Dead Load

Last updated: February 3, 2019

What Does Dead Load Mean?

A dead load is a load (weight) that doesn’t change significantly over time. The concept is applied to permanent, fixed-place equipment, as well as fittings that integrate into the structure (e.g. plumbing), non-structural elements (e.g. floor and ceiling material) and permanent, structural components of the building (e.g. slabs, beams, and columns).

Occupational safety authorities use the concept of dead load when they investigate workplace building collapses, as well as in definitions of the minimum load-bearing requirements for temporary structures used in construction, such as scaffolding.

Safeopedia Explains Dead Load

In some approaches to building design, only structural components are referred to as dead load, while non-structural and fixed-place (semi-permanent) elements of the building are often referred to as superimposed dead load. Other design standards and some building codes refer to all of these elements collectively as dead load and do not distinguish between them.

The concept of dead load can also be referred to as “self load,” which means rather than referring to weight placed upon the structure, it refers to the weight of the structure itself. As dead load, it can be contrasted against the concept of “live load” (working load), which refers to all the elements of the building that cause fluctuations in the magnitude and location of weight borne by the structure. Live elements include workers, materials, and tools.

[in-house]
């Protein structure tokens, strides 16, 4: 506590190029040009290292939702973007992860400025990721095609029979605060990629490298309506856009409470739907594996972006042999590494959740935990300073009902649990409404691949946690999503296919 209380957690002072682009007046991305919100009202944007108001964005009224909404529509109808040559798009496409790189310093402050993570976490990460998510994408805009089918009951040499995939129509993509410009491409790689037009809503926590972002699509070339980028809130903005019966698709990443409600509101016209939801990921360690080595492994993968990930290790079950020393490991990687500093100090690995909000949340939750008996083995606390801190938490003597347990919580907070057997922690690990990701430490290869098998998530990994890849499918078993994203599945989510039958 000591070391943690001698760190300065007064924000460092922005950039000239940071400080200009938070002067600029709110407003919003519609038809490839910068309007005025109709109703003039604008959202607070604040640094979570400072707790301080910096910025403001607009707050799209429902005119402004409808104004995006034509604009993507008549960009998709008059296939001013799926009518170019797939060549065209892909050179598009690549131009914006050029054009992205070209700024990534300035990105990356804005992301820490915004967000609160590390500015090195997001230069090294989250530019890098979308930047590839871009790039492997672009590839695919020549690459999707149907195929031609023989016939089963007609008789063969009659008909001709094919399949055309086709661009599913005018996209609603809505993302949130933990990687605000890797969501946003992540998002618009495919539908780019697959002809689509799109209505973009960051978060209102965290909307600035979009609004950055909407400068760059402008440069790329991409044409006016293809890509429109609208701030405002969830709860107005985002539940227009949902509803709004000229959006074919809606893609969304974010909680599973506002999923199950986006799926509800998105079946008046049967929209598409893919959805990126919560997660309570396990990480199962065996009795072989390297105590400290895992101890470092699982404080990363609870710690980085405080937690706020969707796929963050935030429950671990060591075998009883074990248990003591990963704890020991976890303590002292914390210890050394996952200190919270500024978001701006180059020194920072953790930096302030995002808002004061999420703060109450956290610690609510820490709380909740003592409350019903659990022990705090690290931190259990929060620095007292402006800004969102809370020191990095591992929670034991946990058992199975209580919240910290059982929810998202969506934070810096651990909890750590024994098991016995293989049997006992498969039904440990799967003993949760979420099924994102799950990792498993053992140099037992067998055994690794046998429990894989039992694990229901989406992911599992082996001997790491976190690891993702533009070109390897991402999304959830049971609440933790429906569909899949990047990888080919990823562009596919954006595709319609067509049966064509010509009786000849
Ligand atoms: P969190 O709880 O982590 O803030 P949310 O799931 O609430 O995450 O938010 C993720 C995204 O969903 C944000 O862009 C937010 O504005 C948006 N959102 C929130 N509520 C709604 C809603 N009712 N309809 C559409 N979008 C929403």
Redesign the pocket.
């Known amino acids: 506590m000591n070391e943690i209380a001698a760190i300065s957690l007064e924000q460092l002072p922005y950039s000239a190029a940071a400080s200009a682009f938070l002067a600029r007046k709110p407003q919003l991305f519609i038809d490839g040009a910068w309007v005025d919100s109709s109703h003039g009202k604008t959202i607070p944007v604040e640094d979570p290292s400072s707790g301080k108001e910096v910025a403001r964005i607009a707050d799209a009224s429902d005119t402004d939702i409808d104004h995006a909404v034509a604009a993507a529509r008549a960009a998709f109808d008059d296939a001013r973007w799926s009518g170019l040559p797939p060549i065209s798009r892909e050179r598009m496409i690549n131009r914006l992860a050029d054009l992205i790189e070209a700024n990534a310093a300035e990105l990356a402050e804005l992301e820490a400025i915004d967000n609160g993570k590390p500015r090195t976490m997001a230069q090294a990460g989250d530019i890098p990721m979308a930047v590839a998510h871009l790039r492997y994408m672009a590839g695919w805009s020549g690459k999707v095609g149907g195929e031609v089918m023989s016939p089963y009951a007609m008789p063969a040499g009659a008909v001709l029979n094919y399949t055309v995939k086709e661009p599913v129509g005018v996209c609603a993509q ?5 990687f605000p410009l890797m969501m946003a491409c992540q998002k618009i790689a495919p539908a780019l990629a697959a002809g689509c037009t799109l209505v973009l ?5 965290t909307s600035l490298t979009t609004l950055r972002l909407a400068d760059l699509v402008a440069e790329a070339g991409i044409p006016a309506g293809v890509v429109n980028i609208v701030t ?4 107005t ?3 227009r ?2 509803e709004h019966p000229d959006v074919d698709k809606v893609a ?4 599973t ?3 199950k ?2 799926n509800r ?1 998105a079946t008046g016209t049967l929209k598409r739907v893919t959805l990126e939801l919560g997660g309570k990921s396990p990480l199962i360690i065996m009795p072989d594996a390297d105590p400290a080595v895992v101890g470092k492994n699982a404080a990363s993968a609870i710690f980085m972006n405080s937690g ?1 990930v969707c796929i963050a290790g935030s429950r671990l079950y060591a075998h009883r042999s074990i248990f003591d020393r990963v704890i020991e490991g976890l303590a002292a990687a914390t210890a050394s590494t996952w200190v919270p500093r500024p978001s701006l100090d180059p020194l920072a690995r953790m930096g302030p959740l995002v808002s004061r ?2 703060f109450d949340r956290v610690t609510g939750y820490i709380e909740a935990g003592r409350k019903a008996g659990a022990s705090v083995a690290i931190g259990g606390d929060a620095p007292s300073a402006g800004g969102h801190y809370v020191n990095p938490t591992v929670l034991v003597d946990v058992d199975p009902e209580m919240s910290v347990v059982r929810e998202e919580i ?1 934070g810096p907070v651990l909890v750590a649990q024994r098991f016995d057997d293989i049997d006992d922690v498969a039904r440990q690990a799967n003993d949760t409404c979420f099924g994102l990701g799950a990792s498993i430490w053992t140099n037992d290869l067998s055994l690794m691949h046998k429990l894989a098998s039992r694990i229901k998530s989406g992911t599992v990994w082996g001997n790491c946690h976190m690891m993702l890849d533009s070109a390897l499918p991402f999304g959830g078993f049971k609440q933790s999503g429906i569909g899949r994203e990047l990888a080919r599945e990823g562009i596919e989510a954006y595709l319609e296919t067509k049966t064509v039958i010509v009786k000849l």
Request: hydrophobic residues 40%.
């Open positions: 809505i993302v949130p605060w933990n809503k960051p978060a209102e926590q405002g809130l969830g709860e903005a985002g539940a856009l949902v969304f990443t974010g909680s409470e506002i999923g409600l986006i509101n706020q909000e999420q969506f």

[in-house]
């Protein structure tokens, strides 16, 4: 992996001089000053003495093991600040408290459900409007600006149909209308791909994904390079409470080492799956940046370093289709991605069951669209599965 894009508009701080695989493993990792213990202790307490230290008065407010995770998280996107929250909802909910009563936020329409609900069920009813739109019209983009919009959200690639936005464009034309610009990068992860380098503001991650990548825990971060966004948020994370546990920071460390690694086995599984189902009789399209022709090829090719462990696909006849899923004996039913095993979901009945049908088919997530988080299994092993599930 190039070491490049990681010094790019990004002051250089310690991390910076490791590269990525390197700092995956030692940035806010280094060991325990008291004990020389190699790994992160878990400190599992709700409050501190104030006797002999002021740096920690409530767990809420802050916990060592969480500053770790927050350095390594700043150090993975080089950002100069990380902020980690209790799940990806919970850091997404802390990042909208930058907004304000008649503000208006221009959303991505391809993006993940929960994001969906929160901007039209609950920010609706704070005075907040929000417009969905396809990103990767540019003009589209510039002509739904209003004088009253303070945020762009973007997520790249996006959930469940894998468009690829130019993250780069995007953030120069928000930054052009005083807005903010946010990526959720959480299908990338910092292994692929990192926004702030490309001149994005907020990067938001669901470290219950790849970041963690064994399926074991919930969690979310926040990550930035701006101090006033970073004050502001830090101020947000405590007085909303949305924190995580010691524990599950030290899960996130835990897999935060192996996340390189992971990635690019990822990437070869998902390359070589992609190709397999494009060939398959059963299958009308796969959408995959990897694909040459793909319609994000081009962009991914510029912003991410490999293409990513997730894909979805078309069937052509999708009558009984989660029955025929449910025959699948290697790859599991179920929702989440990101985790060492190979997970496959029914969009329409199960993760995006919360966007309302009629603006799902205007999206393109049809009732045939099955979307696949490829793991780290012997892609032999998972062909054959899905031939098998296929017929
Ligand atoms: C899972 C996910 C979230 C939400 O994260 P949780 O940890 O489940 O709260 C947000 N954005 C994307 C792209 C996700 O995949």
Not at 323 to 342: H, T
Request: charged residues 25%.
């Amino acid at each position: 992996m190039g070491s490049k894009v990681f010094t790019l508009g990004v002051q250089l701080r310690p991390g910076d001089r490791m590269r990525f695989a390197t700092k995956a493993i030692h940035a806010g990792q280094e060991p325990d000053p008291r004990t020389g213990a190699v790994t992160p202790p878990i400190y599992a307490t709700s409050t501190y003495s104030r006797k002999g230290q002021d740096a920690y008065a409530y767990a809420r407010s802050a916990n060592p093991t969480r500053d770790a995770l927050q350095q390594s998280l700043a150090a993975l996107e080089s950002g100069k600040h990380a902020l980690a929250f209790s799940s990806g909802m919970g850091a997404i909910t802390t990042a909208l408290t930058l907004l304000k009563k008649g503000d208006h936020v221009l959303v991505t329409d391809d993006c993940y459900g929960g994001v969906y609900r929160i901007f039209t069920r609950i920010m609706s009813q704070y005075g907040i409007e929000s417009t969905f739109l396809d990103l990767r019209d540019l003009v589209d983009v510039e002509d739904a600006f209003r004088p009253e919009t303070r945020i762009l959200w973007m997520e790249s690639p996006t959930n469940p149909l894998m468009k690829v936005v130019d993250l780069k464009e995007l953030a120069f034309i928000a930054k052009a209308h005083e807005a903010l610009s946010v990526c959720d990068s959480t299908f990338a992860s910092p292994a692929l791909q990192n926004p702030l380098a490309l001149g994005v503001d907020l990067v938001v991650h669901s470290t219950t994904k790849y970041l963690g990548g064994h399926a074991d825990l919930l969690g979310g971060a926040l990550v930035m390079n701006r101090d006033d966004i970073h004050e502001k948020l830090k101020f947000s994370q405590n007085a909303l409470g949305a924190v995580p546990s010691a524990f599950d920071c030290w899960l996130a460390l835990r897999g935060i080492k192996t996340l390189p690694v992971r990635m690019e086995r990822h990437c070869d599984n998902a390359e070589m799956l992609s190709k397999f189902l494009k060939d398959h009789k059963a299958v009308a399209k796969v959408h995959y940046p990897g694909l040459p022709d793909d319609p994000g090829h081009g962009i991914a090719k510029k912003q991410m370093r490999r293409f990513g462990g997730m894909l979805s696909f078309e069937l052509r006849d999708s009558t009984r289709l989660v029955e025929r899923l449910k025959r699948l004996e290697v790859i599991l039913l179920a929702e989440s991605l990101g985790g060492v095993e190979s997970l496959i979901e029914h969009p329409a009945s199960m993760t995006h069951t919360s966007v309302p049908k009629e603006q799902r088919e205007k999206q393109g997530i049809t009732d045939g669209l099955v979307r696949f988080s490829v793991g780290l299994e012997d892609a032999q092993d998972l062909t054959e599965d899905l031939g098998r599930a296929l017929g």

Building and occupational safety standards often require that a structure must support an amount of weight in terms that refer to the structure's dead load. This type of reference is called a "dead load safety factor." For example, the California Code of Regulations section 1637 requires that all scaffolds built for construction projects be able to support their own weight (their dead load) plus four times the maximum intended live load.

Load is generally phrased in terms of load per unit area, such as pounds per square foot. The concepts of dead load and live load are used to allow engineers and other qualified persons to effectively categorize the various load patterns that are placed upon a particular structure. Construction projects with a safety element related to dead load often require a recognized qualified person to certify their safety, such as an engineer certified by the American Society of Civil Engineers.



Self Load

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